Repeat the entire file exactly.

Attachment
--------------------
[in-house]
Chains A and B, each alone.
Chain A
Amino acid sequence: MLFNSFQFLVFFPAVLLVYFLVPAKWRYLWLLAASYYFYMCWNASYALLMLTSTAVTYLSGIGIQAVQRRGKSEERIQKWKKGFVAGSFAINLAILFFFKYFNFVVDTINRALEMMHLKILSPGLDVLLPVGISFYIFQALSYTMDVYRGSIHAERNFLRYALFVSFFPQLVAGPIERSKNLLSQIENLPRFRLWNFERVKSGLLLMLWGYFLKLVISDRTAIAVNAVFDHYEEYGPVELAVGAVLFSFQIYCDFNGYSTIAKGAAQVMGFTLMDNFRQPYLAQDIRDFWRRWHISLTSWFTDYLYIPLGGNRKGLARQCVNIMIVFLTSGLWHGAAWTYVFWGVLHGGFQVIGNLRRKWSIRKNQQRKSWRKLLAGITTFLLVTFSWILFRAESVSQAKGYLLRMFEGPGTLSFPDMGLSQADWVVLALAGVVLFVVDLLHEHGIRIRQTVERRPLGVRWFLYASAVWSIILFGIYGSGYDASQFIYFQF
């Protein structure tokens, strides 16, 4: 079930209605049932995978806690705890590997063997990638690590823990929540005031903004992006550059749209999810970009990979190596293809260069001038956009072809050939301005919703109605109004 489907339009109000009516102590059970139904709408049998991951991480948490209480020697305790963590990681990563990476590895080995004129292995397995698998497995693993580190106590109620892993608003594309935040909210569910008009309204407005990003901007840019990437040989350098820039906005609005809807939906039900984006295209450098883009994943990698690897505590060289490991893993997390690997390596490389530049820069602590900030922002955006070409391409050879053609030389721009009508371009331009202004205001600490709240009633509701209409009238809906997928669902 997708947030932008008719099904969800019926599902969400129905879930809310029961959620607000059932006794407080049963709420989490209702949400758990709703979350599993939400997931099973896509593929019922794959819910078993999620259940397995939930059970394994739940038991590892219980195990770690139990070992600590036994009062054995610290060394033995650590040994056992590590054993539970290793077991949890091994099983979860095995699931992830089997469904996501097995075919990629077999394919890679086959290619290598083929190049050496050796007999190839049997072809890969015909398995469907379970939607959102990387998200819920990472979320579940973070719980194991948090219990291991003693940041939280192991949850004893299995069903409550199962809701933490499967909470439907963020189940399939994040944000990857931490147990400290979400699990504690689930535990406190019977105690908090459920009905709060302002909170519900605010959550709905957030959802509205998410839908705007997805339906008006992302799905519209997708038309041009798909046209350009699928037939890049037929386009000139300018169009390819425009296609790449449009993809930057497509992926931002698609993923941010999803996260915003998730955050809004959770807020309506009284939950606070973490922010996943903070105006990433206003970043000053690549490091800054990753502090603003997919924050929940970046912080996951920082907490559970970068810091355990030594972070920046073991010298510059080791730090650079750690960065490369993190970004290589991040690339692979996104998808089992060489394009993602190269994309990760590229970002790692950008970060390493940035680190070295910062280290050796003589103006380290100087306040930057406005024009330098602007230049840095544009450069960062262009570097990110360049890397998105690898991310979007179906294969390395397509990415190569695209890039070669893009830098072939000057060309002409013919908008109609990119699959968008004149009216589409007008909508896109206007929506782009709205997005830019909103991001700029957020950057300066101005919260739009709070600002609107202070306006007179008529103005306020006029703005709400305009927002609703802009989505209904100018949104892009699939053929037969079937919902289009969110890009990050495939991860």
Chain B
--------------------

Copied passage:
[in-house]
Chains A and B, each alone.
Chain A
Amino acid sequence: MLFNSFQFLVFFPAVLLVYFLVPAKWRYLWLLAASYYFYMCWNASYALLMLTSTAVTYLSGIGIQAVQRRGKSEERIQKWKKGFVAGSFAINLAILFFFKYFNFVVDTINRALEMMHLKILSPGLDVLLPVGISFYIFQALSYTMDVYRGSIHAERNFLRYALFVSFFPQLVAGPIERSKNLLSQIENLPRFRLWNFERVKSGLLLMLWGYFLKLVISDRTAIAVNAVFDHYEEYGPVELAVGAVLFSFQIYCDFNGYSTIAKGAAQVMGFTLMDNFRQPYLAQDIRDFWRRWHISLTSWFTDYLYIPLGGNRKGLARQCVNIMIVFLTSGLWHGAAWTYVFWGVLHGGFQVIGNLRRKWSIRKNQQRKSWRKLLAGITTFLLVTFSWILFRAESVSQAKGYLLRMFEGPGTLSFPDMGLSQADWVVLALAGVVLFVVDLLHEHGIRIRQTVERRPLGVRWFLYASAVWSIILFGIYGSGYDASQFIYFQF
């Protein structure tokens, strides 16, 4: 079930209605049932995978806690705890590997063997990638690590823990929540005031903004992006550059749209999810970009990979190596293809260069001038956009072809050939301005919703109605109004 489907339009109000009516102590059970139904709408049998991951991480948490209480020697305790963590990681990563990476590895080995004129292995397995698998497995693993580190106590109620892993608003594309935040909210569910008009309204407005990003901007840019990437040989350098820039906005609005809807939906039900984006295209450098883009994943990698690897505590060289490991893993997390690997390596490389530049820069602590900030922002955006070409391409050879053609030389721009009508371009331009202004205001600490709240009633509701209409009238809906997928669902 997708947030932008008719099904969800019926599902969400129905879930809310029961959620607000059932006794407080049963709420989490209702949400758990709703979350599993939400997931099973896509593929019922794959819910078993999620259940397995939930059970394994739940038991590892219980195990770690139990070992600590036994009062054995610290060394033995650590040994056992590590054993539970290793077991949890091994099983979860095995699931992830089997469904996501097995075919990629077999394919890679086959290619290598083929190049050496050796007999190839049997072809890969015909398995469907379970939607959102990387998200819920990472979320579940973070719980194991948090219990291991003693940041939280192991949850004893299995069903409550199962809701933490499967909470439907963020189940399939994040944000990857931490147990400290979400699990504690689930535990406190019977105690908090459920009905709060302002909170519900605010959550709905957030959802509205998410839908705007997805339906008006992302799905519209997708038309041009798909046209350009699928037939890049037929386009000139300018169009390819425009296609790449449009993809930057497509992926931002698609993923941010999803996260915003998730955050809004959770807020309506009284939950606070973490922010996943903070105006990433206003970043000053690549490091800054990753502090603003997919924050929940970046912080996951920082907490559970970068810091355990030594972070920046073991010298510059080791730090650079750690960065490369993190970004290589991040690339692979996104998808089992060489394009993602190269994309990760590229970002790692950008970060390493940035680190070295910062280290050796003589103006380290100087306040930057406005024009330098602007230049840095544009450069960062262009570097990110360049890397998105690898991310979007179906294969390395397509990415190569695209890039070669893009830098072939000057060309002409013919908008109609990119699959968008004149009216589409007008909508896109206007929506782009709205997005830019909103991001700029957020950057300066101005919260739009709070600002609107202070306006007179008529103005306020006029703005709400305009927002609703802009989505209904100018949104892009699939053929037969079937919902289009969110890009990050495939991860």
Chain B